A critique of attempts by conservative eighteenth- and nineteenth-century authors to appropriate the rhetoric of victimhood and appeals to "rights" to safeguard the status of the powerful.
As revolution and popular unrest roiled the final decades of the eighteenth century, authors, activists, and philosophers across the British Empire hailed the rise of the liberal subject, valorizing the humanity of the marginalized and the rights of members of groups long considered inferior or subhuman. Yet at the same time, a group of conservative authors mounted a reactionary attempt to cultivate sympathy for the privileged. In Defending Privilege, Nicole Mansfield Wright examines works by Tobias Smollett, Charlotte Smith, Walter Scott, and others to show how conservatives used the rhetoric of victimhood in attempts to convince ordinary readers to regard a privileged person's loss of legal agency as a catastrophe greater than the calamities and legally sanctioned exclusion suffered by the poor and the enslaved. In promoting their agenda, these authors resuscitated literary modes regarded at the time as derivative or passé—including romance, the gothic, and epistolarity—or invented subgenres that are neglected today due to widespread revilement of their politics (the proslavery novel).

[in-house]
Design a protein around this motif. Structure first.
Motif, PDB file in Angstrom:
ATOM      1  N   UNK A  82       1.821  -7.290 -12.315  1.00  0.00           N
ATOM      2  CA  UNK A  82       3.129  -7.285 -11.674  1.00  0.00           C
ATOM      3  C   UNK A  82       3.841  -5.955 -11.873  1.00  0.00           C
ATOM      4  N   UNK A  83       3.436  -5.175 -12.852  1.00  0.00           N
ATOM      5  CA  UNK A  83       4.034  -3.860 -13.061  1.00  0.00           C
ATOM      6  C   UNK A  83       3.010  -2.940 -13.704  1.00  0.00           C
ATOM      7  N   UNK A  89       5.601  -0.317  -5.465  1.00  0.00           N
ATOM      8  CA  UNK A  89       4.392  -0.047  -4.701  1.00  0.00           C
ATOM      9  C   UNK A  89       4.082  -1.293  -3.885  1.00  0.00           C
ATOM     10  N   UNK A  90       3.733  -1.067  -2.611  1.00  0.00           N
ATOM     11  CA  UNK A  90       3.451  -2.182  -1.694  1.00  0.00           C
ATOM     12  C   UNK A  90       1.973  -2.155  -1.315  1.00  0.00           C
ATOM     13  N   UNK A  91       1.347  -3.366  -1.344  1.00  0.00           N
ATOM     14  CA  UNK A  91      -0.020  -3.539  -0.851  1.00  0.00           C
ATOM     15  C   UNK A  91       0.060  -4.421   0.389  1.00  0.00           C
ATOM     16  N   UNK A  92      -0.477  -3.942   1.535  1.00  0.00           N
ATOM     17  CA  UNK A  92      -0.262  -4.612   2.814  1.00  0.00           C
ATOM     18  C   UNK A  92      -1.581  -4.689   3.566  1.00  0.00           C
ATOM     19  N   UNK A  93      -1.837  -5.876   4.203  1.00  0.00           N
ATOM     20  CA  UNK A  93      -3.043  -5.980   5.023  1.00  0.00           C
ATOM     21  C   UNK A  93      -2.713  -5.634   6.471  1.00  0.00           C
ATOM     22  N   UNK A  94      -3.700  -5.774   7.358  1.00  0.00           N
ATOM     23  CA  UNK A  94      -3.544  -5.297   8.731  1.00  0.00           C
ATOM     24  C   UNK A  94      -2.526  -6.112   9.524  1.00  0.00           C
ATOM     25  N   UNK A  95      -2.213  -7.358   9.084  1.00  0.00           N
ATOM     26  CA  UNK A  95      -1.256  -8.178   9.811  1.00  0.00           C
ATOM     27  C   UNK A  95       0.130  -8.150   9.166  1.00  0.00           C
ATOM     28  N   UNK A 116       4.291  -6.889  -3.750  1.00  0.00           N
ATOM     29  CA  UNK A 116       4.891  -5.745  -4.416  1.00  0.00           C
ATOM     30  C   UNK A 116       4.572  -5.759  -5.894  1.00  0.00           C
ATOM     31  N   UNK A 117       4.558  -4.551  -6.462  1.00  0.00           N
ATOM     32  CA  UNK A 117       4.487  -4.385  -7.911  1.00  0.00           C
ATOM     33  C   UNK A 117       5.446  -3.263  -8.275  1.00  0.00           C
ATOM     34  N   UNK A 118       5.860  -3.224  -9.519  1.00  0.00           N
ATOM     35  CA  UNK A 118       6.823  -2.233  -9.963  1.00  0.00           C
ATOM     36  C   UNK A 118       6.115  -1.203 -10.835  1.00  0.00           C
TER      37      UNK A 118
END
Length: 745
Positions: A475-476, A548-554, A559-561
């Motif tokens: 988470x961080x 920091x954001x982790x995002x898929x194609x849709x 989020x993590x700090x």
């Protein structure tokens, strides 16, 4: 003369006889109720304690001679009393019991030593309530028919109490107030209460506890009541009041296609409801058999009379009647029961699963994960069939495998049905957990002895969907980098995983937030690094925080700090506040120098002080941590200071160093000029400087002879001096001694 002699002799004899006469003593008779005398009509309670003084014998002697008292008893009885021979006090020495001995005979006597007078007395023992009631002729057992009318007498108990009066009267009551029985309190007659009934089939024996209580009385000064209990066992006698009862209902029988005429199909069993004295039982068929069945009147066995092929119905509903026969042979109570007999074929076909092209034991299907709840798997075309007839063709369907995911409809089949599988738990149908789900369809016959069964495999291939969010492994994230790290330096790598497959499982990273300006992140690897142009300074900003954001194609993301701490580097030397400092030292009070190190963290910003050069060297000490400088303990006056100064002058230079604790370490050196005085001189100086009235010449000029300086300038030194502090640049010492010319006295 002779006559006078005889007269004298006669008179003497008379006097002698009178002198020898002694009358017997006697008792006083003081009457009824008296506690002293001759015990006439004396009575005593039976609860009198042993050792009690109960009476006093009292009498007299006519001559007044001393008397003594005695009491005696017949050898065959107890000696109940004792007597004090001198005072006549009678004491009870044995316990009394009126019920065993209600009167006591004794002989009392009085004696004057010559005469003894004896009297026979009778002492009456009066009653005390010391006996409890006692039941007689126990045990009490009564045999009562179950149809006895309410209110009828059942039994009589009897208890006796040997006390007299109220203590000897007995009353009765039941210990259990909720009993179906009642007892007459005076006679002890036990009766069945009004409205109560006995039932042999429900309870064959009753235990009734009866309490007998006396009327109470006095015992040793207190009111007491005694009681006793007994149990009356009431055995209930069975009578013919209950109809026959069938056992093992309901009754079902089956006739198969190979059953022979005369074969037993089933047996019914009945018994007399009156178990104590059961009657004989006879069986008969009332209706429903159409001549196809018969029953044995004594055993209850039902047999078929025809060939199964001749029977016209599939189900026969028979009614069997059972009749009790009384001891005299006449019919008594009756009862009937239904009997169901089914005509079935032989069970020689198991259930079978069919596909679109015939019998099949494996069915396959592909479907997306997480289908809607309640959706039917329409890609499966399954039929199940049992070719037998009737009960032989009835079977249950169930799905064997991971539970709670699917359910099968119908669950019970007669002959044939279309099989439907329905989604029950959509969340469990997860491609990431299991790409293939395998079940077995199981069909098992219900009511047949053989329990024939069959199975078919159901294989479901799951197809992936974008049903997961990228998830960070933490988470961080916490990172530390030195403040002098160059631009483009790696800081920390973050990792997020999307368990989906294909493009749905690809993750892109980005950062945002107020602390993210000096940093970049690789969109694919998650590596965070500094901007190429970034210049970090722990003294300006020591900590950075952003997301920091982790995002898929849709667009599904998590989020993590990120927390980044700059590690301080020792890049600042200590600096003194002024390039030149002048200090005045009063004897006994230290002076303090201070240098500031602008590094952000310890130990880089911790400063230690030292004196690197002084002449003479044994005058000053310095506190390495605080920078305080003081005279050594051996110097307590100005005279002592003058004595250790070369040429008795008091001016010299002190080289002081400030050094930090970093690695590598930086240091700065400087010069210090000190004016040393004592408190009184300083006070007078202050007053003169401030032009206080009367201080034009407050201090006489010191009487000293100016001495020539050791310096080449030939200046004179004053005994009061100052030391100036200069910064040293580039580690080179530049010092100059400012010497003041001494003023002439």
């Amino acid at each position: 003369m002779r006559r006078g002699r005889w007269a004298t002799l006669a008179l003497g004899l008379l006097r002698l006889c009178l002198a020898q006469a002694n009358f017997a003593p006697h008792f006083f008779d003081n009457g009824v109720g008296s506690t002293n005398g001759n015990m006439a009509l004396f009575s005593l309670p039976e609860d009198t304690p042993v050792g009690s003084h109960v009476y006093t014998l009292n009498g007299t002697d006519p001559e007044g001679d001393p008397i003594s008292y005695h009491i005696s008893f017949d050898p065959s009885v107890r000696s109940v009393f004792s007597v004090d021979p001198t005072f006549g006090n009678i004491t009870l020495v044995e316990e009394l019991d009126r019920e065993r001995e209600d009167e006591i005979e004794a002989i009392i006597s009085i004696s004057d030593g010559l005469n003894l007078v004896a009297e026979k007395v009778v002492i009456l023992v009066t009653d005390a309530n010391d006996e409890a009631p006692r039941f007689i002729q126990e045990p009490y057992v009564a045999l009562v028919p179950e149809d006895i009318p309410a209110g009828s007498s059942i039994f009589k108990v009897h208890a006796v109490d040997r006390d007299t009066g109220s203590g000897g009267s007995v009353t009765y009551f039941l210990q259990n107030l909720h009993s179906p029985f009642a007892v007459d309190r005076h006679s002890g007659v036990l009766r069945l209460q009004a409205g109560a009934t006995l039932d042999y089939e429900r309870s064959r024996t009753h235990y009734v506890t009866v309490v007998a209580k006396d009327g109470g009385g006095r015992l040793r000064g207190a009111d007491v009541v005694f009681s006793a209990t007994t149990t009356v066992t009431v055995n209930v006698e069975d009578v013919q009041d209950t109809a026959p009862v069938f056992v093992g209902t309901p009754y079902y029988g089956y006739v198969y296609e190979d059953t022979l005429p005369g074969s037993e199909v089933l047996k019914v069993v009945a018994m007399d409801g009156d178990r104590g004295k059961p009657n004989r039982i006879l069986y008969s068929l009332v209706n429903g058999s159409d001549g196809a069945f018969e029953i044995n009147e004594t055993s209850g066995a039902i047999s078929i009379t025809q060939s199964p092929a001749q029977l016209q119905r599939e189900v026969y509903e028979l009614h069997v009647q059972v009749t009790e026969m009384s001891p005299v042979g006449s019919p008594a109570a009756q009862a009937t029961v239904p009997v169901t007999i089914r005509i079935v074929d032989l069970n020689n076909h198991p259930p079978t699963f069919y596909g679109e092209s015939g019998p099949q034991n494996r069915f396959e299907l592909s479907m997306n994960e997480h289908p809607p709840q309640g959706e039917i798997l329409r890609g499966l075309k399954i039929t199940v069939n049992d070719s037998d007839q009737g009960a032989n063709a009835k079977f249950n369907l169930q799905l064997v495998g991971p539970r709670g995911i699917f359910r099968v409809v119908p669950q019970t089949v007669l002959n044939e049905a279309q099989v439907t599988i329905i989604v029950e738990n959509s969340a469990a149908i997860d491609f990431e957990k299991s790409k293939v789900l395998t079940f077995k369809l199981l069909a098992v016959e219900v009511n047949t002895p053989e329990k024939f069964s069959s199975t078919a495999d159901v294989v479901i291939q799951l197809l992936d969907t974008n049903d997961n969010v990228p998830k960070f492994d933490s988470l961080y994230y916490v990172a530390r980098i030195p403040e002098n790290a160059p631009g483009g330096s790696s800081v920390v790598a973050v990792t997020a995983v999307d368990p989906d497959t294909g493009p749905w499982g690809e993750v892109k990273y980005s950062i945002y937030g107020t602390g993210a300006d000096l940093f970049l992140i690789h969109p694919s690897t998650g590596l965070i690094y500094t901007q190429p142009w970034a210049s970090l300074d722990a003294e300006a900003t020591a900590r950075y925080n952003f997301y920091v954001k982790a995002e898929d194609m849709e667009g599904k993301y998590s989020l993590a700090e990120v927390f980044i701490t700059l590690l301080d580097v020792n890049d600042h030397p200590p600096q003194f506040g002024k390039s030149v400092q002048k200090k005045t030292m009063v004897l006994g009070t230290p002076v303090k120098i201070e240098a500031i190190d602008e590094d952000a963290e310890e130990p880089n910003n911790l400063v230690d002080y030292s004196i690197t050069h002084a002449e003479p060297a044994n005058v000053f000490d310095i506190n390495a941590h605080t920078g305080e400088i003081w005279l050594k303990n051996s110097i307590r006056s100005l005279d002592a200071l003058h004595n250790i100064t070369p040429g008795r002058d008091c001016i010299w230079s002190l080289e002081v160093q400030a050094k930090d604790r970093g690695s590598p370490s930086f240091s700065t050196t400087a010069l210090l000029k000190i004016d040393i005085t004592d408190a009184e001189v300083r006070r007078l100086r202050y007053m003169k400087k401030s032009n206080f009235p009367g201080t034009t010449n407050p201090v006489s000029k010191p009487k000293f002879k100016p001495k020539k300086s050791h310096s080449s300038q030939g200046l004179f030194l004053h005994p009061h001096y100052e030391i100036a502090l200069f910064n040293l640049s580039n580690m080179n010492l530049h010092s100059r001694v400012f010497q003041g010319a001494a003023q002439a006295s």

Although these authors are not typically considered alongside one another in scholarship, they are united by their firsthand experience of legal conflict: each felt that their privilege was degraded through lengthy disputes. In examining the work of these eighteenth- and early nineteenth-century authors, Wright traces a broader reactionary framework in the Anglophone literary legacy. Each novel seeks to reshape and manipulate public perceptions of who merits legal agency: the right to initiate a lawsuit, serve as a witness, seek counsel from a lawyer, and take other legal actions. As a result, Defending Privilege offers a counterhistory to scholarship on the novel's capacity to motivate the promulgation of human rights and champion social ascendance through the upwardly mobile realist character.
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